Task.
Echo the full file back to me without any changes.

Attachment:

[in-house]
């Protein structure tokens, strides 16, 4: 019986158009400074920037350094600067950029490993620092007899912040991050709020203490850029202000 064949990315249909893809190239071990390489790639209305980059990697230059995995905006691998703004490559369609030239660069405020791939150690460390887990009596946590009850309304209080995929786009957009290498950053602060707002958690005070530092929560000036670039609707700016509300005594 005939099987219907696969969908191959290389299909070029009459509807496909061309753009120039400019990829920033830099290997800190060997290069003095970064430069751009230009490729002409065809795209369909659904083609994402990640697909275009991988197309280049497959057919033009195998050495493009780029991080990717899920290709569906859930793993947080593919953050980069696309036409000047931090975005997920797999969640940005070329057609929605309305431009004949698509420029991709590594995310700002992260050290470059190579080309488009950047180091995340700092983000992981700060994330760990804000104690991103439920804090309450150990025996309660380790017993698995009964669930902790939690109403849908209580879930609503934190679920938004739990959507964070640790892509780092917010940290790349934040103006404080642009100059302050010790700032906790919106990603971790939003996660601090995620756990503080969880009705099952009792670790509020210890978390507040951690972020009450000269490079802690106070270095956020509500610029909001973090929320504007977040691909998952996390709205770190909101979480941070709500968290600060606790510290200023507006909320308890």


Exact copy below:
[in-house]
């Protein structure tokens, strides 16, 4: 019986158009400074920037350094600067950029490993620092007899912040991050709020203490850029202000 064949990315249909893809190239071990390489790639209305980059990697230059995995905006691998703004490559369609030239660069405020791939150690460390887990009596946590009850309304209080995929786009957009290498950053602060707002958690005070530092929560000036670039609707700016509300005594 005939099987219907696969969908191959290389299909070029009459509807496909061309753009120039400019990829920033830099290997800190060997290069003095970064430069751009230009490729002409065809795209369909659904083609994402990640697909275009991988197309280049497959057919033009195998050495493009780029991080990717899920290709569906859930793993947080593919953050980069696309036409000047931090975005997920797999969640940005070329057609929605309305431009004949698509420029991709590594995310700002992260050290470059190579080309488009950047180091995340700092983000992981700060994330760990804000104690991103439920804090309450150990025996309660380790017993698995009964669930902790939690109403849908209580879930609503934190679920938004739990959507964070640790892509780092917010940290790349934040103006404080642009100059302050010790700032906790919106990603971790939003996660601090995620756990503080969880009705099952009792670790509020210890978390507040951690972020009450000269490079802690106070270095956020509500610029909001973090929320504007977040691909998952996390709205770190909101979480941070709500968290600060606790510290200023507006909320308890």